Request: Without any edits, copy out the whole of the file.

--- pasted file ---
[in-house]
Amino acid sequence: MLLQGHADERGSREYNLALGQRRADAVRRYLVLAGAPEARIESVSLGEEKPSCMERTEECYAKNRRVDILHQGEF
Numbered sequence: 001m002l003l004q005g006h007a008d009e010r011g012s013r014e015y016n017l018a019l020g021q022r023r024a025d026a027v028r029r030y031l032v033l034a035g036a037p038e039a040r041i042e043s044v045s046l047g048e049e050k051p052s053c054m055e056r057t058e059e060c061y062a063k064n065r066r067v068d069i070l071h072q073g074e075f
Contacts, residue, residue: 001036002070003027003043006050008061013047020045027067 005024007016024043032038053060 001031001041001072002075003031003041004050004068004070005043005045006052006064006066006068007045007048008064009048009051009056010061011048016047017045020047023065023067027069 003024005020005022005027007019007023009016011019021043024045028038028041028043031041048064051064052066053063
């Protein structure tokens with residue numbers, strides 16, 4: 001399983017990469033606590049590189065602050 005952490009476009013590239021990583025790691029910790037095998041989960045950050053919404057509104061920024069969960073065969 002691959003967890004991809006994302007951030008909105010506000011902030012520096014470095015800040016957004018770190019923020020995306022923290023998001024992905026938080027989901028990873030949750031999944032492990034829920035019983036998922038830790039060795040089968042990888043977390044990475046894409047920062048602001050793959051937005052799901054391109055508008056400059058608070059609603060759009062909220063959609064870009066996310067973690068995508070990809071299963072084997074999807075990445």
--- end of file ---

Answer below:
[in-house]
Amino acid sequence: MLLQGHADERGSREYNLALGQRRADAVRRYLVLAGAPEARIESVSLGEEKPSCMERTEECYAKNRRVDILHQGEF
Numbered sequence: 001m002l003l004q005g006h007a008d009e010r011g012s013r014e015y016n017l018a019l020g021q022r023r024a025d026a027v028r029r030y031l032v033l034a035g036a037p038e039a040r041i042e043s044v045s046l047g048e049e050k051p052s053c054m055e056r057t058e059e060c061y062a063k064n065r066r067v068d069i070l071h072q073g074e075f
Contacts, residue, residue: 001036002070003027003043006050008061013047020045027067 005024007016024043032038053060 001031001041001072002075003031003041004050004068004070005043005045006052006064006066006068007045007048008064009048009051009056010061011048016047017045020047023065023067027069 003024005020005022005027007019007023009016011019021043024045028038028041028043031041048064051064052066053063
């Protein structure tokens with residue numbers, strides 16, 4: 001399983017990469033606590049590189065602050 005952490009476009013590239021990583025790691029910790037095998041989960045950050053919404057509104061920024069969960073065969 002691959003967890004991809006994302007951030008909105010506000011902030012520096014470095015800040016957004018770190019923020020995306022923290023998001024992905026938080027989901028990873030949750031999944032492990034829920035019983036998922038830790039060795040089968042990888043977390044990475046894409047920062048602001050793959051937005052799901054391109055508008056400059058608070059609603060759009062909220063959609064870009066996310067973690068995508070990809071299963072084997074999807075990445």